When someone dies of AIDS, usually due to opportunistic infections or other long-term effects of HIV infection. AIDS refers to a weakening of the body's immune system can no longer stop the development of the OIs that turn deadly.

How do I know if I have HIV?

Most people do not know if they've been exposed or infected. Symptoms may appear within two to four weeks after exposure to HIV and may include fever, swollen glands, muscle pain or rash. Some people do not recognize the symptoms are mild or because they think they have a cold or flu. The only way to know for sure if you are infected is to be tested for HIV.

Detail of an HIV Test form. © RapidEye/Eyestockphoto

Do I need an HIV test?

It is estimated that approximately 25% of HIV positive people are unaware they have the virus. Many of these people look and feel healthy and do not think they are at risk. But the truth is that anyone, regardless of age, gender, race, sexual orientation or social or economic class can become infected.

Answer the following questions:

• Have you ever had vaginal, anal or oral sex without condom?

• Have you ever shared needles or syringes to inject drugs (including steroids or hormones)?

• Do not have certainty of the HIV status of your partner or if your partner is HIV positive?

• Are you pregnant or are planning to become pregnant?

• Have you ever had a sexually transmitted disease (STD)

• Do you have hepatitis C virus (Hep-C)?

If you answered yes to any of these questions, you should absolutely get tested for HIV. You can find more information the following pages:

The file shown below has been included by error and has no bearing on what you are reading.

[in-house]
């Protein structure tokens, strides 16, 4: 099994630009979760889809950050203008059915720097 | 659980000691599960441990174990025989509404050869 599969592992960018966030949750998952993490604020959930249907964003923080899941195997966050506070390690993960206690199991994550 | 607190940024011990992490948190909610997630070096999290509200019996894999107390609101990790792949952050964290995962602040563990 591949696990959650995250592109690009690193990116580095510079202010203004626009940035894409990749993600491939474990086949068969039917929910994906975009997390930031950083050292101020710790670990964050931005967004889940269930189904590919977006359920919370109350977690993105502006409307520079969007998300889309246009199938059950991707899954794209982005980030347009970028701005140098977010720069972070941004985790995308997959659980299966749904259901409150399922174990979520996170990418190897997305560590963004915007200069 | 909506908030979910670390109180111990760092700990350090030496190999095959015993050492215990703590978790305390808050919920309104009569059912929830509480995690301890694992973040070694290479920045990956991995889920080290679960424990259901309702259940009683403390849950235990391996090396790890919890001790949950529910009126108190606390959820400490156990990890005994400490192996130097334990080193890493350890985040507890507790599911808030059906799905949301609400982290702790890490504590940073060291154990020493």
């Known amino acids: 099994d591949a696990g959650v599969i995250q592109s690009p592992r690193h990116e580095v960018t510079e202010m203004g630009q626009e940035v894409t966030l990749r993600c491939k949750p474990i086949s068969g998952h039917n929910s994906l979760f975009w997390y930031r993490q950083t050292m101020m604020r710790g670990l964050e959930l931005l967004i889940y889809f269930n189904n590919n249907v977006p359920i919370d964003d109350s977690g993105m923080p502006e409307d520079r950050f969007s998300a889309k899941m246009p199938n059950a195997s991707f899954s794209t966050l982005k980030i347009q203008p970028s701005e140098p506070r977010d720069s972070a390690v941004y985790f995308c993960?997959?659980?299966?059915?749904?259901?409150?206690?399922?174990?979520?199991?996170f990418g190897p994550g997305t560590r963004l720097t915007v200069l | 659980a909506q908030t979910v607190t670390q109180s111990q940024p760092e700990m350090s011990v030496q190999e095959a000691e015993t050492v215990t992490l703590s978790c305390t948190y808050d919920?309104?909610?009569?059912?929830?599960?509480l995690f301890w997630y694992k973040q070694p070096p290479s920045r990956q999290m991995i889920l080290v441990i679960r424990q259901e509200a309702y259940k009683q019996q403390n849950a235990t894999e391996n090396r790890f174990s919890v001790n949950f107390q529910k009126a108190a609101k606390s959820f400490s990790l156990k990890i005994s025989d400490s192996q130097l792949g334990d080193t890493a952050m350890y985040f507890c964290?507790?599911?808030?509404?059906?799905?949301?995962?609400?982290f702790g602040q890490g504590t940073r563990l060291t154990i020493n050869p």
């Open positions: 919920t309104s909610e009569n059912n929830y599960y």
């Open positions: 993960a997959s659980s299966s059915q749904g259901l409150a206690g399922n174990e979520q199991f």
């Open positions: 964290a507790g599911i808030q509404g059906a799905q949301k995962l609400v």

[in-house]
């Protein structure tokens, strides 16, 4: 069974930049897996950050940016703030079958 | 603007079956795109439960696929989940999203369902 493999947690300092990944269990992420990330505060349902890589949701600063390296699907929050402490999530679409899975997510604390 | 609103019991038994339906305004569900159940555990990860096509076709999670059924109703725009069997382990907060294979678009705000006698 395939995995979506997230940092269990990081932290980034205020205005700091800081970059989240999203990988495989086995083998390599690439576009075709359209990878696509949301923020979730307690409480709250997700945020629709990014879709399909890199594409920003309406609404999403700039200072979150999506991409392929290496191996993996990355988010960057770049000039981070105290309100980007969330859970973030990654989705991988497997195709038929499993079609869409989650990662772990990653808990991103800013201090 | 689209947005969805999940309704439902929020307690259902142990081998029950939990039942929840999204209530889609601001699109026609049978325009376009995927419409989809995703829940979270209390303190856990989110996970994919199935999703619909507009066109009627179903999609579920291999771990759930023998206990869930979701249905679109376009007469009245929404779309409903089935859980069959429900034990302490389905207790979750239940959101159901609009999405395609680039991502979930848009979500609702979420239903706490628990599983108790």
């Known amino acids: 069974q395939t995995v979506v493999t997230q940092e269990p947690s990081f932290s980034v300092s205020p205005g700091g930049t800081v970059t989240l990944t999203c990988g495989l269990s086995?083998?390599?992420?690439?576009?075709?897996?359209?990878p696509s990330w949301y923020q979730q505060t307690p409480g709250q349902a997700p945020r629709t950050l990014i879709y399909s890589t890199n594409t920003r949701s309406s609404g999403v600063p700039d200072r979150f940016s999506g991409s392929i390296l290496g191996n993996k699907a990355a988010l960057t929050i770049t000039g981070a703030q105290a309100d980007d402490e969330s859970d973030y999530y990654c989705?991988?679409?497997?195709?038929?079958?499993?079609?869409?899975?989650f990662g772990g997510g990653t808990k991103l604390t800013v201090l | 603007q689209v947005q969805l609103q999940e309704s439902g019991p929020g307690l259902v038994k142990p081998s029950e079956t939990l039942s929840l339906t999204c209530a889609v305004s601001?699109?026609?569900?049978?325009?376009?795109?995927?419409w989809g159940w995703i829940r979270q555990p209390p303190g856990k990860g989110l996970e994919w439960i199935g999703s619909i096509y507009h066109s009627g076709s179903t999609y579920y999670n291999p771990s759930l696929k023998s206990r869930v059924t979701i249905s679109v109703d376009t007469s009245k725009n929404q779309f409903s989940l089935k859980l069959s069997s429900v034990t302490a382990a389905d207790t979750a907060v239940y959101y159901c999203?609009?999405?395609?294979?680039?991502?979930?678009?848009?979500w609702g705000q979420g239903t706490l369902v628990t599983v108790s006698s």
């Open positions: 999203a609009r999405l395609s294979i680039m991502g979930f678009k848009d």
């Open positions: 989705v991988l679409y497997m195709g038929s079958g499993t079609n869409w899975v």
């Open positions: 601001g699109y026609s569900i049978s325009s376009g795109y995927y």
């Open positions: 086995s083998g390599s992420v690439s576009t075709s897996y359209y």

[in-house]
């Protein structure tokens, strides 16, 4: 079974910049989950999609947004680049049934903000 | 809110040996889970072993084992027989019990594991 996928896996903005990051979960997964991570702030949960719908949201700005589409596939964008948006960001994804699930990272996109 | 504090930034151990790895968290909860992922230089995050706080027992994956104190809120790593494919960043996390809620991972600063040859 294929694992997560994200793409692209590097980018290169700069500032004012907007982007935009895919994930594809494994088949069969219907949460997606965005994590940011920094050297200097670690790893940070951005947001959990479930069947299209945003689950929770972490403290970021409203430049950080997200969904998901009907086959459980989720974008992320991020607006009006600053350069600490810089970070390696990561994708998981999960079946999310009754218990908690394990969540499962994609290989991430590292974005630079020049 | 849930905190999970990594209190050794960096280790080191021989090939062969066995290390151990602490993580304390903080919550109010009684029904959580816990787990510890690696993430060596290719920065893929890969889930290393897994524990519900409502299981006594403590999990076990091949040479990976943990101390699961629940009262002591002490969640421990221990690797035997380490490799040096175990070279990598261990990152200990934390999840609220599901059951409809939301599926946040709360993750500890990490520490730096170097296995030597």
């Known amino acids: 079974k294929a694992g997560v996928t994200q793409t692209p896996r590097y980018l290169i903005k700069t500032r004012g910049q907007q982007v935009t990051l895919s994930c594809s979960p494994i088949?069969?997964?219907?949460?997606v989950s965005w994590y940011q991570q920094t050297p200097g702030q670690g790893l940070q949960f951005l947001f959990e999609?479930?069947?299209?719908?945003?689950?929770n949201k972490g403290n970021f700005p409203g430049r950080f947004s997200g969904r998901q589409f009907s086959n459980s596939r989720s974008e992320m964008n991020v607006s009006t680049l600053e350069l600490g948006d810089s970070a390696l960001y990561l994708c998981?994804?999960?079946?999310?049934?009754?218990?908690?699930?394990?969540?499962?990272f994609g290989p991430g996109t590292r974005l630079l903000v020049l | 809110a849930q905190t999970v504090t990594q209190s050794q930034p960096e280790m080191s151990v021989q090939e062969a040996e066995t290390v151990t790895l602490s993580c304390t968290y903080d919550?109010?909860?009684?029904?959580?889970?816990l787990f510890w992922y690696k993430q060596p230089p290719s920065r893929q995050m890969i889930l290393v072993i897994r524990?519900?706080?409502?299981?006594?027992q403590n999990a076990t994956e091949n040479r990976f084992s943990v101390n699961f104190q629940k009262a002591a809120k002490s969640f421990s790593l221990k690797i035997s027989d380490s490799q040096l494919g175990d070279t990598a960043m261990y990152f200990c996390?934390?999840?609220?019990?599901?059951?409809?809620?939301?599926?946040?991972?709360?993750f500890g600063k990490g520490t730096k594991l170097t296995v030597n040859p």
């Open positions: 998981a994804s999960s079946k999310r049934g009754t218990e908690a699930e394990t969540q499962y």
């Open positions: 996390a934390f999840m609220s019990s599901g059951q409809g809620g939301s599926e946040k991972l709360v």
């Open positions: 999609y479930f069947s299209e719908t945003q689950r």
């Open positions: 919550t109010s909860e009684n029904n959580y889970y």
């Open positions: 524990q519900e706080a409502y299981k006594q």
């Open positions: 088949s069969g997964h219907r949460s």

Why should I get tested?

Where can I get tested?

Detail of a CD4 count lab text form. © Courtney Keating/Istockphoto

Newly Diagnosed?

We do not want to minimize what you're going through right now. You may feel that confirming a diagnosis of HIV is the worst that has happened in your life. Anger, fear, lack of emotion, confusion, depression...  All are natural reactions and feelings to be experienced when receiving news like this.

Do not try to block these feelings. Do not punish yourself or feel you have to be strong. This is your life, your body and your health. Take the time to decide what to do and then do it.

But pay attention: After receiving a positive diagnosis, life goes on.

Take a deep breath:  We know, you may be feel alone, well, know that there is a great community in Ontario that is ready to provide you with information, support, advice and other resources.

Latinos Positivos Toronto exists! And we are a group of men and women committed to help you to fight the fear, ignorance and prejudice that unfortunately still exist in relation to HIV and towards HIV-positive people.

You don’t have to go through the impact of the HIV diagnose alone! We understand if you have any type of concerns or reservations at this point, but, no matter what please, be sure to contact us, making contact at this stage with a community of HIV positive people it is a key step to start receiving practical services and obtain emotional support.

Living with HIV

HIV infection is serious. But today, the reality for people with HIV / AIDS it’s better. If you are infected with HIV, there are many things you can do to ensure you have a long and healthy life. One important thing is to take your medicines. Make sure you have health professionals who know how to treat HIV. You may want to join a support group. Learn all you can about the disease and its treatment. Eat healthy and exercise regularly, things that we all try to do.

Photo of a spoon with HIV medication. © Marc Pinter/Bigstock


Make an appointment!

Call us at 416.506.1400 Extension 109, e-mail us at or visit us at 200 Gerrard St. E, 3rd Floor, Toronto, ON M5A 2E6.
To schedule an intake appointment, please call 416.506.1400 Extension 109.
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Latinos Positivos Toronto provides practical services but we are also committed to your physical and mental health, and your interaction with our community. We continuously organize forums, educational activities, social events, retreats and more.
To keep you informed about our upcoming events, checkout our calendar.